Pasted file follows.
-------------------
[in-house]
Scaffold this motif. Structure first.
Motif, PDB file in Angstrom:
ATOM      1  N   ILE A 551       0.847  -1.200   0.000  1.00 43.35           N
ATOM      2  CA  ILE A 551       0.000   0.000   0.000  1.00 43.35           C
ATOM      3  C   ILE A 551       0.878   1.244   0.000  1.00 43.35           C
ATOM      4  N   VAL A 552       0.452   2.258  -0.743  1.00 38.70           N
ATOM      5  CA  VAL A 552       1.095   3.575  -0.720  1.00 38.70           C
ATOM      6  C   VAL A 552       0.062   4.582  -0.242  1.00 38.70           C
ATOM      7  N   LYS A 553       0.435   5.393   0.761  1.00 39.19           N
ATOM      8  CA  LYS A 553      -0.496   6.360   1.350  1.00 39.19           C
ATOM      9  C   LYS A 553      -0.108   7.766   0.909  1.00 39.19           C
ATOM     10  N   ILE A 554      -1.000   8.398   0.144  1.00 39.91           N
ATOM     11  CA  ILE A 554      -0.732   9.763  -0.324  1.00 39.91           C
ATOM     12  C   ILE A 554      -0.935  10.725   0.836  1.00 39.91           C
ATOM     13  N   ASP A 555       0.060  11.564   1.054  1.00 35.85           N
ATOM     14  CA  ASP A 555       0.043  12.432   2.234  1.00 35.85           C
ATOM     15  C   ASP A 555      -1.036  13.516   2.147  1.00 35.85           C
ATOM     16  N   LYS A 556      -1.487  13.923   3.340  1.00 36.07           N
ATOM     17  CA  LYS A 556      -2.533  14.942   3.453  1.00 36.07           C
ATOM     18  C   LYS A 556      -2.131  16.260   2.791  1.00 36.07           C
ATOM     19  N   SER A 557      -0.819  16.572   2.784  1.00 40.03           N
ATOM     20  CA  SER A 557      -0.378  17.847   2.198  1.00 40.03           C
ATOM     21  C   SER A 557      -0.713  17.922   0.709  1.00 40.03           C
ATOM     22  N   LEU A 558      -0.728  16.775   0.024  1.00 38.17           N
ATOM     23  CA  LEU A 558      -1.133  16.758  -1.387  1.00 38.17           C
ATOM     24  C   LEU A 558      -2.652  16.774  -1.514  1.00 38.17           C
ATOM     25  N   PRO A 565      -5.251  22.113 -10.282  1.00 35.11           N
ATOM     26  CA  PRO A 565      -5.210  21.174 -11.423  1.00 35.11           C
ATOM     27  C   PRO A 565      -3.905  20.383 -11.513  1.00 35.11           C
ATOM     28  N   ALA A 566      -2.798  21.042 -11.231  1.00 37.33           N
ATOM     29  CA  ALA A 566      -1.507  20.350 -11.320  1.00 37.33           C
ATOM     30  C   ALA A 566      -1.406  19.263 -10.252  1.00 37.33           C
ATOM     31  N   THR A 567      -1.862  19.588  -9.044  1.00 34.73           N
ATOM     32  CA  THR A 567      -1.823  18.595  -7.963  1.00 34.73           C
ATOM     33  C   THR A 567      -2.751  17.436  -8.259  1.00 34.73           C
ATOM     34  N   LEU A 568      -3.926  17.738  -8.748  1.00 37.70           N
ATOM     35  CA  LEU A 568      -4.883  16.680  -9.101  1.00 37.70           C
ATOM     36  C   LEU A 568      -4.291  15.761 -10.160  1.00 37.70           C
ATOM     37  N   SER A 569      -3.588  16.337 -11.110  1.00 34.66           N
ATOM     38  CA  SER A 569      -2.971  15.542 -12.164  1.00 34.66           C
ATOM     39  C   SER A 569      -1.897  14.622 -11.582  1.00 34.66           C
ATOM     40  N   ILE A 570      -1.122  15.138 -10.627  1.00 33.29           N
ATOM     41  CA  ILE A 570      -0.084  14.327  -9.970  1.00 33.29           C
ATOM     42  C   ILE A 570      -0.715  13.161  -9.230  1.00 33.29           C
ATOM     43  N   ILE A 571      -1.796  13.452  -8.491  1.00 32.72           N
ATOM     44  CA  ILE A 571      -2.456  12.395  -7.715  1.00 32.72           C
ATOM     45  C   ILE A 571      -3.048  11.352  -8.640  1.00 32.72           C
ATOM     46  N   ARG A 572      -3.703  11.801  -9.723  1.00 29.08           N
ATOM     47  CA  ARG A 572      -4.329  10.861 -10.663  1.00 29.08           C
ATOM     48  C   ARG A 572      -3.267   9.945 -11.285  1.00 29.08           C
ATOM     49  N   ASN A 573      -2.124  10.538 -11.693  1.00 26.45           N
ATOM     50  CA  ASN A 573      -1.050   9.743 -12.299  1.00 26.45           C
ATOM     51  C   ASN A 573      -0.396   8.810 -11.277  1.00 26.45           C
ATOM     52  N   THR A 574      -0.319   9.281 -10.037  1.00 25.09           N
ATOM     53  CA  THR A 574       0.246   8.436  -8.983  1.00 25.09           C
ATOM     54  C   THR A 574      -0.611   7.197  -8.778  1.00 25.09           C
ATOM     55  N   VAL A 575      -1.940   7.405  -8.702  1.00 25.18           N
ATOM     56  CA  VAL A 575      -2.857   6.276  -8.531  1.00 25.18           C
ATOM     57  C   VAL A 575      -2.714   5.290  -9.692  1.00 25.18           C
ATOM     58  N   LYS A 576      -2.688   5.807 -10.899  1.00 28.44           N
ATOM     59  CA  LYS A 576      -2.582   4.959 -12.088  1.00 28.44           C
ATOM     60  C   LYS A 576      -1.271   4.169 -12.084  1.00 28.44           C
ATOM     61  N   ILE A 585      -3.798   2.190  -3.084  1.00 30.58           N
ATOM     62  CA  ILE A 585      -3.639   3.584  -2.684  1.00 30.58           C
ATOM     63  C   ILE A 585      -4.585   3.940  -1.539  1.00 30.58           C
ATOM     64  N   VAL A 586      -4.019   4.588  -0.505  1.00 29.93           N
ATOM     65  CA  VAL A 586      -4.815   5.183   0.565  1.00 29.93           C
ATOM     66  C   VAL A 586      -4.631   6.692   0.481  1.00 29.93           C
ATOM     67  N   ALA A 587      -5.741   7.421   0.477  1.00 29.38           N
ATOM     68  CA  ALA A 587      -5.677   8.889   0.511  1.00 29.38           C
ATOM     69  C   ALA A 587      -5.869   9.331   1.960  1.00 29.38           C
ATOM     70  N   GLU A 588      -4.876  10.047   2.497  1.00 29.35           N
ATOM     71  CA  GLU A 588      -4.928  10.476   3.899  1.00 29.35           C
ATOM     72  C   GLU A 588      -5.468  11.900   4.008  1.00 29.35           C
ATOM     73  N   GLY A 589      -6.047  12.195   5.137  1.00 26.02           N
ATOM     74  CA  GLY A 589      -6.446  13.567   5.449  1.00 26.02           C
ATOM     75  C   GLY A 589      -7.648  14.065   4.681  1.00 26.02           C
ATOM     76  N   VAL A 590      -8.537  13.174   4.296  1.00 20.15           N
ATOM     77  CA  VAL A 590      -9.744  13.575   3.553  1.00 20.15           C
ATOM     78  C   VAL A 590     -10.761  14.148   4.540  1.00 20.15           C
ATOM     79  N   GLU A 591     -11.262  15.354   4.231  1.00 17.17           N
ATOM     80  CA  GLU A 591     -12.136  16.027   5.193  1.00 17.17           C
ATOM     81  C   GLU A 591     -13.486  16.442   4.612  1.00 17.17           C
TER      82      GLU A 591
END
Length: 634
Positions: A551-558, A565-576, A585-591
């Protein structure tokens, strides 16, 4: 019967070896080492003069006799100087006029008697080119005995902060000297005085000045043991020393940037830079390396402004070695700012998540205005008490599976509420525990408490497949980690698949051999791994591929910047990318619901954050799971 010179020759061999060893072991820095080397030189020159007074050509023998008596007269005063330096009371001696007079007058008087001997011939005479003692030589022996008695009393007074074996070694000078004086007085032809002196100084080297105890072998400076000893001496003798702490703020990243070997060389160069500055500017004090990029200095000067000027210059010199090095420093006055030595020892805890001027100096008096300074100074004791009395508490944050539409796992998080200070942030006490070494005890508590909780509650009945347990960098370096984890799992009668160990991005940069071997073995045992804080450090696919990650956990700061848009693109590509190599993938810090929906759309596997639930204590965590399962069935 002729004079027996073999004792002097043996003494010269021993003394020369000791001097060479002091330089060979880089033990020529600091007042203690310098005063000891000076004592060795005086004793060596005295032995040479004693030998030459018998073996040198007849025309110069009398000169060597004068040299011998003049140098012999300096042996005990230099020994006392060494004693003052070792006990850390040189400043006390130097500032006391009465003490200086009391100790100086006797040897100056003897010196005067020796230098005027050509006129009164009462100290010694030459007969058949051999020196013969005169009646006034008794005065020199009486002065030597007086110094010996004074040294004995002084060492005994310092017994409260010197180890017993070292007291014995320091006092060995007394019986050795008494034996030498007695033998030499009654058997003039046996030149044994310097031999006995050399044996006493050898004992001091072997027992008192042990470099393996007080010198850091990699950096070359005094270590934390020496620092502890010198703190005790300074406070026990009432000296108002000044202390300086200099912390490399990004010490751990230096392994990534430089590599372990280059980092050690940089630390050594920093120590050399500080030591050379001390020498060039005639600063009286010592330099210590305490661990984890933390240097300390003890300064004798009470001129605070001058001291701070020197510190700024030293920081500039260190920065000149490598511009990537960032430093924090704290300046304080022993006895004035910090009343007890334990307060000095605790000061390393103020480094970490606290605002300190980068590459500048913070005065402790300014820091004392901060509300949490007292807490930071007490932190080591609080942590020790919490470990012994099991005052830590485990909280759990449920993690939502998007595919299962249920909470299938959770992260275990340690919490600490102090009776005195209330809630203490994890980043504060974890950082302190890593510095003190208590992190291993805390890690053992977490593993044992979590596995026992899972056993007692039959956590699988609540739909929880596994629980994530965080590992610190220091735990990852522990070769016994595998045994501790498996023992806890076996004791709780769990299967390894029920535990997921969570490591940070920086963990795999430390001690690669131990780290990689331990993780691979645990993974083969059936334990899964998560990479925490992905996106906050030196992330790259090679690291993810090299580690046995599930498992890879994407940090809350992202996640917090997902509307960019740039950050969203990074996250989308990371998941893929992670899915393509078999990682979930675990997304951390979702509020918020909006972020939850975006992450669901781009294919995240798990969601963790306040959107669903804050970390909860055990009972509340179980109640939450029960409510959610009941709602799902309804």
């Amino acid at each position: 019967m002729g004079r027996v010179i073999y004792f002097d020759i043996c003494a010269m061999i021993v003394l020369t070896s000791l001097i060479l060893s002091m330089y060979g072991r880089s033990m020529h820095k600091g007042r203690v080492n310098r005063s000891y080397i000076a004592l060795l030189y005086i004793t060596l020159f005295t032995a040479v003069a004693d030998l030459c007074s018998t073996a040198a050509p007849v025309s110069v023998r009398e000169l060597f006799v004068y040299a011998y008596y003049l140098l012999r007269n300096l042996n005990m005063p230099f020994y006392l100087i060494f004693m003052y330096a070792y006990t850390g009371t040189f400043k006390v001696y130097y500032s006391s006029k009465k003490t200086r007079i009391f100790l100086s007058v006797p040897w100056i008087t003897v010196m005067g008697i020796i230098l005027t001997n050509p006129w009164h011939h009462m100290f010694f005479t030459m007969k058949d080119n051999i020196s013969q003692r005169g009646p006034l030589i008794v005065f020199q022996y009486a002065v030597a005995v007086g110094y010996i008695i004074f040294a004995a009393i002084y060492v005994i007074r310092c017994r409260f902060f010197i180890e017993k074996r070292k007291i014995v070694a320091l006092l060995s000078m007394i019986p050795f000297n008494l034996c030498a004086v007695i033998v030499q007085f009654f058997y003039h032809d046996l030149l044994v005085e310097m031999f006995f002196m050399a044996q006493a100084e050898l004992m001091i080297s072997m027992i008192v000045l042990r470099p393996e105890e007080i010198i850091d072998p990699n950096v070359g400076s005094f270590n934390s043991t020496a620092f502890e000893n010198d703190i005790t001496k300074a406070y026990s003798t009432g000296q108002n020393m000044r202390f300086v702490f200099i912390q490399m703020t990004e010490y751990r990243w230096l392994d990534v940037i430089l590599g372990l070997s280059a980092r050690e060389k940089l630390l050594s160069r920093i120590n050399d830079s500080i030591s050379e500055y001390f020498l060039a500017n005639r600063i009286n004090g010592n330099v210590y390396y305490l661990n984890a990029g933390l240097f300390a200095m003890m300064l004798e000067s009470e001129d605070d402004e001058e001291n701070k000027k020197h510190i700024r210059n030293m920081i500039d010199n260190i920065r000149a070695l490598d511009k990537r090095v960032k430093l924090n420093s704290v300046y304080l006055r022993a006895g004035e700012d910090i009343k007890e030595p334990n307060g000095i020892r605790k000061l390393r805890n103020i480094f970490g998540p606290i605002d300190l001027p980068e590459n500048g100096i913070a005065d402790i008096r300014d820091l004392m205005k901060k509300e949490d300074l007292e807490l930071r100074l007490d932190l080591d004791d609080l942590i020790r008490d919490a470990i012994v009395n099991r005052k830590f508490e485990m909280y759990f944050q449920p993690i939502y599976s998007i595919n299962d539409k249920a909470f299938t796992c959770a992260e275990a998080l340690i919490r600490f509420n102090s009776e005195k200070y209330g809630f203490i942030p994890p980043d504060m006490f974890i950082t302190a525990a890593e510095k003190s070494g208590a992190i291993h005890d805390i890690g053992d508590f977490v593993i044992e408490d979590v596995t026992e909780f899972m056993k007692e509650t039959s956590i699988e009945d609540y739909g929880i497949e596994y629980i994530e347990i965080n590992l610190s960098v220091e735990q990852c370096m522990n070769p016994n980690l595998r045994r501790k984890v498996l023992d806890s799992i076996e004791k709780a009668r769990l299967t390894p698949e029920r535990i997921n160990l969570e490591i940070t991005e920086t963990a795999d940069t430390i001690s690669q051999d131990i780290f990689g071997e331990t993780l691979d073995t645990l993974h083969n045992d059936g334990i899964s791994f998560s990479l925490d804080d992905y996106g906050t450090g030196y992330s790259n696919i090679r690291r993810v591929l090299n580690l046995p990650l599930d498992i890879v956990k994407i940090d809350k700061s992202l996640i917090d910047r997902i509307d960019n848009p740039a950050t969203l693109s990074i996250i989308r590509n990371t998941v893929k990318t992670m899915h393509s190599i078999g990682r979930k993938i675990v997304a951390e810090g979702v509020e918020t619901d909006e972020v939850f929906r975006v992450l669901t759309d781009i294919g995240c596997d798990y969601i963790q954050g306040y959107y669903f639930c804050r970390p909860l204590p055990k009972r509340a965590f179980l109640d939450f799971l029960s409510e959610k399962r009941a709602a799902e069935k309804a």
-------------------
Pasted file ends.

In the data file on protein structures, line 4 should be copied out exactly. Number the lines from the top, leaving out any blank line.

ATOM      1  N   ILE A 551       0.847  -1.200   0.000  1.00 43.35           N